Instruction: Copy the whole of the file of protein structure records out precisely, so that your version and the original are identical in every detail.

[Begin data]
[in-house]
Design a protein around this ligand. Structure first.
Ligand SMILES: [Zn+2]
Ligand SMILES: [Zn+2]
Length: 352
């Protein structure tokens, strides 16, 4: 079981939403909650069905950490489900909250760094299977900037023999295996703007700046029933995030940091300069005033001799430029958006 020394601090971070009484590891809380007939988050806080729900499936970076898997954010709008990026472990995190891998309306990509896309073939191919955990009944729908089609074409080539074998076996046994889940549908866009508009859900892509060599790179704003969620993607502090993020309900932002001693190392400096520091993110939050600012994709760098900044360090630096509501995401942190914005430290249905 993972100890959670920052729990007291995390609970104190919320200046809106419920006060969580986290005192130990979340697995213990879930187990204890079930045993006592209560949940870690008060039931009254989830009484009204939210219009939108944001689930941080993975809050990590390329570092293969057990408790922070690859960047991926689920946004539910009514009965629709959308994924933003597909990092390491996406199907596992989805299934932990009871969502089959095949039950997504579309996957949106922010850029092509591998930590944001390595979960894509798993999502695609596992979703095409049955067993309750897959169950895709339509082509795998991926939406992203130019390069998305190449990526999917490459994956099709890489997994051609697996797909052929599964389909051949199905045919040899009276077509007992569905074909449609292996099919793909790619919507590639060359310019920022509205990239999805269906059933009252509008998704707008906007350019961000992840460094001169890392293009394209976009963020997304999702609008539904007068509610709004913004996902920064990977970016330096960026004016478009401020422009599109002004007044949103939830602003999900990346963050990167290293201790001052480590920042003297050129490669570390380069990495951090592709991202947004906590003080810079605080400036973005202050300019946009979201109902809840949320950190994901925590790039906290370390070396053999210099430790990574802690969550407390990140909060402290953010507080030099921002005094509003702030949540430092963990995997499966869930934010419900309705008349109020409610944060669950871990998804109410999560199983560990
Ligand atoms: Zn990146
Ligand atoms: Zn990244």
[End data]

[in-house]
Design a protein around this ligand. Structure first.
Ligand SMILES: [Zn+2]
Ligand SMILES: [Zn+2]
Length: 352
């Protein structure tokens, strides 16, 4: 079981939403909650069905950490489900909250760094299977900037023999295996703007700046029933995030940091300069005033001799430029958006 020394601090971070009484590891809380007939988050806080729900499936970076898997954010709008990026472990995190891998309306990509896309073939191919955990009944729908089609074409080539074998076996046994889940549908866009508009859900892509060599790179704003969620993607502090993020309900932002001693190392400096520091993110939050600012994709760098900044360090630096509501995401942190914005430290249905 993972100890959670920052729990007291995390609970104190919320200046809106419920006060969580986290005192130990979340697995213990879930187990204890079930045993006592209560949940870690008060039931009254989830009484009204939210219009939108944001689930941080993975809050990590390329570092293969057990408790922070690859960047991926689920946004539910009514009965629709959308994924933003597909990092390491996406199907596992989805299934932990009871969502089959095949039950997504579309996957949106922010850029092509591998930590944001390595979960894509798993999502695609596992979703095409049955067993309750897959169950895709339509082509795998991926939406992203130019390069998305190449990526999917490459994956099709890489997994051609697996797909052929599964389909051949199905045919040899009276077509007992569905074909449609292996099919793909790619919507590639060359310019920022509205990239999805269906059933009252509008998704707008906007350019961000992840460094001169890392293009394209976009963020997304999702609008539904007068509610709004913004996902920064990977970016330096960026004016478009401020422009599109002004007044949103939830602003999900990346963050990167290293201790001052480590920042003297050129490669570390380069990495951090592709991202947004906590003080810079605080400036973005202050300019946009979201109902809840949320950190994901925590790039906290370390070396053999210099430790990574802690969550407390990140909060402290953010507080030099921002005094509003702030949540430092963990995997499966869930934010419900309705008349109020409610944060669950871990998804109410999560199983560990
Ligand atoms: Zn990146
Ligand atoms: Zn990244």